By Lynn Bonner
Gov. Roy Cooper vetoed a bill that would require voters to show a form of photo identification before voting in person, calling it "a solution in search of a problem."
The bill passed this month largely along party lines. A handful of Democrats voted for it, and the bill passed with veto-proof margins in both the state House and Senate. House Speaker Tim Moore and Senate leader Phil Berger said in separate statements that the legislature will override Cooper's veto.
"We are disappointed that Gov. Cooper chose to ignore the will of the people and reject a commonsense election integrity measure that is common in most states, but the North Carolina House will override his veto as soon as possible," Moore's statement said.
Voter ID has been a years-long goal for Republicans. A 2013 law that included a photo ID requirement to vote was overturned by federal courts in 2016. The GOP moved to add photo ID to the state constitution this year, and the amendment passed with 55 percent of the vote.
In late November, Cooper said voter ID was "wrong for our state."
A state elections board audit of votes in the 2016 general election found one case of in-person voter impersonation in the 4.8 million votes cast.
During debate on the bill, Republican legislators argued that suspected voter impersonation is under reported.
In his veto message, Cooper said the problem was not with voter impersonation, but "votes harvested illegally through absentee ballots, which this proposal fails to fix."
The State Board of Elections is investigating mishandling of ballots in Bladen and Robeson counties and have twice refused to certify the results of the 9th Congressional District race where Republican Mark Harris received 905 more votes than Democrat Dan McCready. Leslie McCrae Dowless, a political operative who worked for Harris' campaign consultant, is a person of interest in the investigation into ballot harvesting. Ballot harvesting, or collecting absentee ballots from non-relatives, is illegal.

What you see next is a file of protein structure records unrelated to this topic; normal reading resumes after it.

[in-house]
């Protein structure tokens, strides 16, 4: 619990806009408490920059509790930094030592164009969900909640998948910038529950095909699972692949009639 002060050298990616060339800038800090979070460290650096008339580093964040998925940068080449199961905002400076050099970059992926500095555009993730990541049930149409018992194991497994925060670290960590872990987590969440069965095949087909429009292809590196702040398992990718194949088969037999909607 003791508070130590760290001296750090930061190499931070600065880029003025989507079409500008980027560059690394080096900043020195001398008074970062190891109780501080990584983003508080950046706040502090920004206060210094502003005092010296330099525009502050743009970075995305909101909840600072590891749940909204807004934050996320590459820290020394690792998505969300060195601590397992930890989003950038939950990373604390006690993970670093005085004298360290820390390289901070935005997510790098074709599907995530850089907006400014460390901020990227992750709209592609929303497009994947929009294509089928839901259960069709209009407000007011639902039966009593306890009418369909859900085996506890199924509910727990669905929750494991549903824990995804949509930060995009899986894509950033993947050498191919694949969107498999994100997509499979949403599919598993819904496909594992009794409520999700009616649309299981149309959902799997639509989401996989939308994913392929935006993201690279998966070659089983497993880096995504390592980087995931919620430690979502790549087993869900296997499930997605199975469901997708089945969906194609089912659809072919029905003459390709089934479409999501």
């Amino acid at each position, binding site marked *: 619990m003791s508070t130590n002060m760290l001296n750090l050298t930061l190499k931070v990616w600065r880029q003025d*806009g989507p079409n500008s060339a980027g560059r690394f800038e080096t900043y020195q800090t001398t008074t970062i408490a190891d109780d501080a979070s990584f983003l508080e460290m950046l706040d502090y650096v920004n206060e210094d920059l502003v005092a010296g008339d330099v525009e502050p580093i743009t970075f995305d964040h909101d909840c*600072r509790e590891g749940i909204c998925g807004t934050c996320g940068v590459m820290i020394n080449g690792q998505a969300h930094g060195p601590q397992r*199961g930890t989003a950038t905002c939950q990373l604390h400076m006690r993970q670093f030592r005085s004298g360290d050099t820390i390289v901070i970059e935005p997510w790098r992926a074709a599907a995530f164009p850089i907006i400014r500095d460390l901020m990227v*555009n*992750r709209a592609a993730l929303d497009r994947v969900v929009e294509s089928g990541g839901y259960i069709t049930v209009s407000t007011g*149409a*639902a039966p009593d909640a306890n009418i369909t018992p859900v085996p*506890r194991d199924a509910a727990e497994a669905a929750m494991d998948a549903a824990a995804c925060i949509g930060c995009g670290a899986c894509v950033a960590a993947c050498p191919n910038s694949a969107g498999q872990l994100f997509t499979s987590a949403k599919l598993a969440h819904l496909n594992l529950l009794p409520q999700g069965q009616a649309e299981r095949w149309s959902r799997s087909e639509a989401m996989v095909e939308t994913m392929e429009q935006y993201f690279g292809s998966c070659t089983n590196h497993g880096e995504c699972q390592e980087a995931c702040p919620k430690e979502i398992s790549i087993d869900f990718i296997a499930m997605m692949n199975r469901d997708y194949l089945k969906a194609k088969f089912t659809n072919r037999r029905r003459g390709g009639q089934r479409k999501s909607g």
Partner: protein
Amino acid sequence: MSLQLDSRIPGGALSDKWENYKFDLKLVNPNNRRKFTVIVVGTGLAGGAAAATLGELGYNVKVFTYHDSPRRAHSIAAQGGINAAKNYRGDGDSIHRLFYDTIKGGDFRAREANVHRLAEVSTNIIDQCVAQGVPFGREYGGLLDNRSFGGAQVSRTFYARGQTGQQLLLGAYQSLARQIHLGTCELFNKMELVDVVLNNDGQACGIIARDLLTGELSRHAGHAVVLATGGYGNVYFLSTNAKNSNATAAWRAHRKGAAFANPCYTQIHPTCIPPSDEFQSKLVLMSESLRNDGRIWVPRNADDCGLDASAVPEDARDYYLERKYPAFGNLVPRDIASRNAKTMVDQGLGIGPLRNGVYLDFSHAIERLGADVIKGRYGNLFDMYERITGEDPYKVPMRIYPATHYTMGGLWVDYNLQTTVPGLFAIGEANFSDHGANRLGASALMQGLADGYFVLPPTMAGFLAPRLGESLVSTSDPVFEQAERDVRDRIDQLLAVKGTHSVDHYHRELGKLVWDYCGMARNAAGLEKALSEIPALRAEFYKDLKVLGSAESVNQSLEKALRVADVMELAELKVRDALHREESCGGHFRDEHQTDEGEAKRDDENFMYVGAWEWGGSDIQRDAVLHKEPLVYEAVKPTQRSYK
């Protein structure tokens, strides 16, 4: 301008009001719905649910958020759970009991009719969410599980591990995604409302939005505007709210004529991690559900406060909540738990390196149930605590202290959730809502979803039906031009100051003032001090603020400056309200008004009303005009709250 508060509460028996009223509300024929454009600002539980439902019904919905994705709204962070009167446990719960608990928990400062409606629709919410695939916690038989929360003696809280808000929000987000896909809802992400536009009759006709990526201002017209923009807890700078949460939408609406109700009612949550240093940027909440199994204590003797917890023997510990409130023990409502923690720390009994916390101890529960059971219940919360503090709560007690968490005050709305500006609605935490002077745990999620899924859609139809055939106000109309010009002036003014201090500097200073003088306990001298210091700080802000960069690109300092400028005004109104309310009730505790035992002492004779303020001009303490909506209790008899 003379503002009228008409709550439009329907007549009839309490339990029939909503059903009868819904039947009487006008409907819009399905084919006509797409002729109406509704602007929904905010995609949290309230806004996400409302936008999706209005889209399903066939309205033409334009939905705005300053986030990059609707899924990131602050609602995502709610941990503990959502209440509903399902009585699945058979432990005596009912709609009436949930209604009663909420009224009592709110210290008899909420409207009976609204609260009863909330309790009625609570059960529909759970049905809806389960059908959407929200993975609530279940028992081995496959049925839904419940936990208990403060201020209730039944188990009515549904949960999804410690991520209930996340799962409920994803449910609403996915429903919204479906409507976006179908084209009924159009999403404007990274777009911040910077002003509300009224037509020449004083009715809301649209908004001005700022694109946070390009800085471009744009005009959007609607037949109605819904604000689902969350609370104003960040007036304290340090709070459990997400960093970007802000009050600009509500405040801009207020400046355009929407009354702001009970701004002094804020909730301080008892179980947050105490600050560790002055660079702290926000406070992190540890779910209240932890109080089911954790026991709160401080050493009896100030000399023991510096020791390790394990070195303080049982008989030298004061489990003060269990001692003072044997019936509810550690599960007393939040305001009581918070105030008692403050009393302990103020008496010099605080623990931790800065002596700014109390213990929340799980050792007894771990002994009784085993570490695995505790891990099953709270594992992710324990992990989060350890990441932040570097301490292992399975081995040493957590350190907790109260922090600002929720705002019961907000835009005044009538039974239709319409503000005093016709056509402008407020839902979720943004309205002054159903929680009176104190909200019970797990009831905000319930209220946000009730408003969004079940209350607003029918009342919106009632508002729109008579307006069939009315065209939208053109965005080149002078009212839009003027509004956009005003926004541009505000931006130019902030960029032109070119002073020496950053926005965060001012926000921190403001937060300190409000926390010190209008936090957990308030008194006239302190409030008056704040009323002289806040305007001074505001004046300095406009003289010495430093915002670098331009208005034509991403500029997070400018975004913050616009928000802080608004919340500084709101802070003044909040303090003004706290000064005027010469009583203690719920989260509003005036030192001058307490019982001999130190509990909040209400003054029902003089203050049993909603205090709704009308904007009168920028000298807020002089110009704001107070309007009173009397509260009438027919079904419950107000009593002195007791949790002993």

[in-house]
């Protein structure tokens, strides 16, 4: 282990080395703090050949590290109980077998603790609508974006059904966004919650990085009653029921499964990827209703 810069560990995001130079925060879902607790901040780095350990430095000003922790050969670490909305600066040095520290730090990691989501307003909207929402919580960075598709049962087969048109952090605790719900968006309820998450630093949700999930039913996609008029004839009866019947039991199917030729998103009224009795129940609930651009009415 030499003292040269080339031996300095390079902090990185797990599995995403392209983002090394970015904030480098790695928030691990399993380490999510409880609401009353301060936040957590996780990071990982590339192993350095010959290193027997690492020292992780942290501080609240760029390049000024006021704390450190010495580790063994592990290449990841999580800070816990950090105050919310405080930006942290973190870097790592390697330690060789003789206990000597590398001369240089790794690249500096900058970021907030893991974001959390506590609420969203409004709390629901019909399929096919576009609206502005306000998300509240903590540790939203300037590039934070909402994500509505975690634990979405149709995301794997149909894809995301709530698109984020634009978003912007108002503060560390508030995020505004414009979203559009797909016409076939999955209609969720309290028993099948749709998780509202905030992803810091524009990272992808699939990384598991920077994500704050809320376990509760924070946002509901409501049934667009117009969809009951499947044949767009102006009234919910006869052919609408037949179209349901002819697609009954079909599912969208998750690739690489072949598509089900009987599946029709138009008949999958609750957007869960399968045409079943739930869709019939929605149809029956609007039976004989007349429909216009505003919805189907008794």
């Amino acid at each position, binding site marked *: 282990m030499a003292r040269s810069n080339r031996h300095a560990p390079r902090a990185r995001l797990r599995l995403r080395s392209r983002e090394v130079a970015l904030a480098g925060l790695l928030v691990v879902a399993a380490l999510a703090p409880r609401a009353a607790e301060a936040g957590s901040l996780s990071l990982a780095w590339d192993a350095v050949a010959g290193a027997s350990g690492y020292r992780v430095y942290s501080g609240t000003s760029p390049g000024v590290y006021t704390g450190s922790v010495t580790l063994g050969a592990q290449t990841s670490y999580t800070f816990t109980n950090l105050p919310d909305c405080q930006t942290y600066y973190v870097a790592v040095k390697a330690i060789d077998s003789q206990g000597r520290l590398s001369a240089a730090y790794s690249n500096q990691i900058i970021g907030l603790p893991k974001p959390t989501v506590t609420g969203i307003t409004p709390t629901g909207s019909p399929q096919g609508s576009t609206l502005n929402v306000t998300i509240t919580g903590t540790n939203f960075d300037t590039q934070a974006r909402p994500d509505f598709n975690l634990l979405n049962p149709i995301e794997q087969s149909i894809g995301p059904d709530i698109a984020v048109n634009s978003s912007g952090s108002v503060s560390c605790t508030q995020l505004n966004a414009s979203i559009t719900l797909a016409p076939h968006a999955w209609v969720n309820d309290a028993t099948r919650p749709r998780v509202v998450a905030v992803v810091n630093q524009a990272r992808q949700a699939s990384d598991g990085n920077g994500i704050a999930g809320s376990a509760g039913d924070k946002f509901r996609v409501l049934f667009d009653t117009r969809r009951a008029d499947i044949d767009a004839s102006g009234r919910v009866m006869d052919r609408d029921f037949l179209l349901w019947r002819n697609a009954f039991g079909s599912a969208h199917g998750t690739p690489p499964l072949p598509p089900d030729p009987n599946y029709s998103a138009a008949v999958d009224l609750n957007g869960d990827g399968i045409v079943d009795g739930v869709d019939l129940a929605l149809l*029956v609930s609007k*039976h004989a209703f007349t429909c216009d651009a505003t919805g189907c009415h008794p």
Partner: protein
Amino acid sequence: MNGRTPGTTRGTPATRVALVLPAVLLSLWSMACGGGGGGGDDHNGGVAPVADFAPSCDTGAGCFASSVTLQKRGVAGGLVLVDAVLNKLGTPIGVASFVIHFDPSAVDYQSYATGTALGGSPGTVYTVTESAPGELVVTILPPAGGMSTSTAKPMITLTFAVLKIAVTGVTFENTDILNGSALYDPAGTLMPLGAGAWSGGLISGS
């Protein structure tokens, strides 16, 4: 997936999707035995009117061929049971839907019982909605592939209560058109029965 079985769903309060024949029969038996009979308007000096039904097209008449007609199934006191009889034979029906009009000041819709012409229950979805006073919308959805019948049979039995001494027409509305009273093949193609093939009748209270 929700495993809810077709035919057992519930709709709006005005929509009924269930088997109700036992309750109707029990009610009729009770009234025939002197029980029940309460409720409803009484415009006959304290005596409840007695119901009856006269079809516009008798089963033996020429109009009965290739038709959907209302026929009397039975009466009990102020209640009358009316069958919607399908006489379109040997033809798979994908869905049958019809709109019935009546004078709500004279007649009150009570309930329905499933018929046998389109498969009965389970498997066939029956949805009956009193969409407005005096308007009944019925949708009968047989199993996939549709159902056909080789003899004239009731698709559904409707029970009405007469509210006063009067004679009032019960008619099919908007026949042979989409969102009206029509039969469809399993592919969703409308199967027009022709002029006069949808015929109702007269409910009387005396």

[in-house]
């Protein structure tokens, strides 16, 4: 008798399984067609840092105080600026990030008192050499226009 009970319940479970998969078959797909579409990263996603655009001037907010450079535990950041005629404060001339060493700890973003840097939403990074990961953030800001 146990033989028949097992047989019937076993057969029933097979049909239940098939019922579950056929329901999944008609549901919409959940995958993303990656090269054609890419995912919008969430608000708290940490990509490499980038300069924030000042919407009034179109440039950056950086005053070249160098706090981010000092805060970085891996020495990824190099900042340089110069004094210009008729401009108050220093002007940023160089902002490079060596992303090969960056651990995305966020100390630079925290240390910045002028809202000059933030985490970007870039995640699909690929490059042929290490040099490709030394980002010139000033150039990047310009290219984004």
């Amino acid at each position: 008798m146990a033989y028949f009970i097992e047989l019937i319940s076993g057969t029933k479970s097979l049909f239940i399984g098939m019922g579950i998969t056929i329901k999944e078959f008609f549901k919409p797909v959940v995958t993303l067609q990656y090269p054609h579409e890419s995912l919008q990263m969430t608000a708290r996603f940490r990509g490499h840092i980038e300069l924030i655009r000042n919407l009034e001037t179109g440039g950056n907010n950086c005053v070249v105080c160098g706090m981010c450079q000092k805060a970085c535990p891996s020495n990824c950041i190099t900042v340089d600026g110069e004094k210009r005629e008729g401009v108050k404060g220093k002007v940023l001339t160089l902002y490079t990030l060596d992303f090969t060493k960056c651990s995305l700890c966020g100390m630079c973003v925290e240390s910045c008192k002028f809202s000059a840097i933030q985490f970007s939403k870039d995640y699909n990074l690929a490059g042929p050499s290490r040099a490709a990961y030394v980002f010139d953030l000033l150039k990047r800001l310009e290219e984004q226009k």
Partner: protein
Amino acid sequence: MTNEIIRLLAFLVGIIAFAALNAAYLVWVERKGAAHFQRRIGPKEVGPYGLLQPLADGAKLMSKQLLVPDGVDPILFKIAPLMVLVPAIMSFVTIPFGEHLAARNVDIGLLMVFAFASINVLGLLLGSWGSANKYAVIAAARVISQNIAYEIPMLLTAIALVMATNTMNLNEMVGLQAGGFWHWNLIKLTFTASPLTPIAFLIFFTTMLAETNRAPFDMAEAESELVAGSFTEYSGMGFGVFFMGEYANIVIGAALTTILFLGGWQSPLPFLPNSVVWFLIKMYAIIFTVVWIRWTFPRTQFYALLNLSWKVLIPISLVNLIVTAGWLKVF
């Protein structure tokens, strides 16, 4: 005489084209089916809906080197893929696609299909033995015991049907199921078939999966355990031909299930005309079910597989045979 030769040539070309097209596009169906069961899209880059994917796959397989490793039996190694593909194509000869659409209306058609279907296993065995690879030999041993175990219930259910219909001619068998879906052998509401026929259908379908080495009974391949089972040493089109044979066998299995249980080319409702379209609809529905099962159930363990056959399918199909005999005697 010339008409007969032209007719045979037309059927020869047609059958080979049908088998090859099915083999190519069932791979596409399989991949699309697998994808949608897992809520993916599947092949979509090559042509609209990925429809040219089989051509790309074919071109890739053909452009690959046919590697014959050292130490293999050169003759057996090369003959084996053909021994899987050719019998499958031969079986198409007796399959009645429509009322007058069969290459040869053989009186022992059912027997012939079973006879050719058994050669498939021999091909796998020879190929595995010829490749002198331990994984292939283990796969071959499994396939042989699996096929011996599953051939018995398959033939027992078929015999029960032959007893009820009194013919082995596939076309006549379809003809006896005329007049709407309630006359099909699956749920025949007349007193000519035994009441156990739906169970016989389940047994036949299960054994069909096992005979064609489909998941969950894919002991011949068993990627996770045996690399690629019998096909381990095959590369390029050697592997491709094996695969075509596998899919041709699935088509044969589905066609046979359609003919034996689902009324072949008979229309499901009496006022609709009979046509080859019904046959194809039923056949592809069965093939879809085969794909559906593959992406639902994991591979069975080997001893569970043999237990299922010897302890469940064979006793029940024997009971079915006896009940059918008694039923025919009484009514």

An affidavit from a Bladen County Republican recounted a conversation with Dowless about 800 ballots in his possession, the Charlotte Observer reported.
Dowless has denied any wrongdoing.
Moore, in his statement, said the legislature addressed absentee ballot fraud in the bill. The bill makes the State Board of Elections responsible for coming up with absentee ballot photo ID rules.
Voters without acceptable IDs would be able to cast ballots by asserting a "reasonable impediment," Moore wrote.
In his veto message, Cooper said, "the proposed law puts up barriers to voting that will trap honest voters in confusion and discourage them with new rules, some of which haven't even been written yet.
"Finally the fundamental flaw in the bill is its sinister and cynical origins: It was designed to suppress the rights of minority, poor and elderly voters. The cost of disenfranchising those voters or any citizens is too high, and the risk of taking away the fundamental right to vote is too great, for this law to take effect."
Several groups, including the ACLU, Common Cause NC, and Equality NC, encouraged Cooper to veto the voter ID bill.
The Campus Vote Project of the Fair Elections Center, a voting rights group in Washington, D.C., asked Cooper this week to veto the bill because of the "absurd hurdles created" for colleges and universities that would want to provide students with IDs they could use at the polls.
"It is unlikely that any student IDs would be accepted for voting in the 2020 election," the project's national director wrote in a letter to Cooper.
Democracy NC, which opposes voter ID, praised Cooper for the veto.
In a statement, Democracy NC executive director Tomas Lopez said the bill appears to have biases that "could be used to discriminate against voters based on their race, income, age, gender and mobility."
Acceptable IDs would include driver licenses, passports, university and community college IDs that meet state standards, military and veteran IDs, tribal enrollment cards, state ID cards issued to non-drivers, state and municipal employee IDs, and a new form of ID to be issued county elections boards.
(c)2018 The News & Observer (Raleigh, N.C.)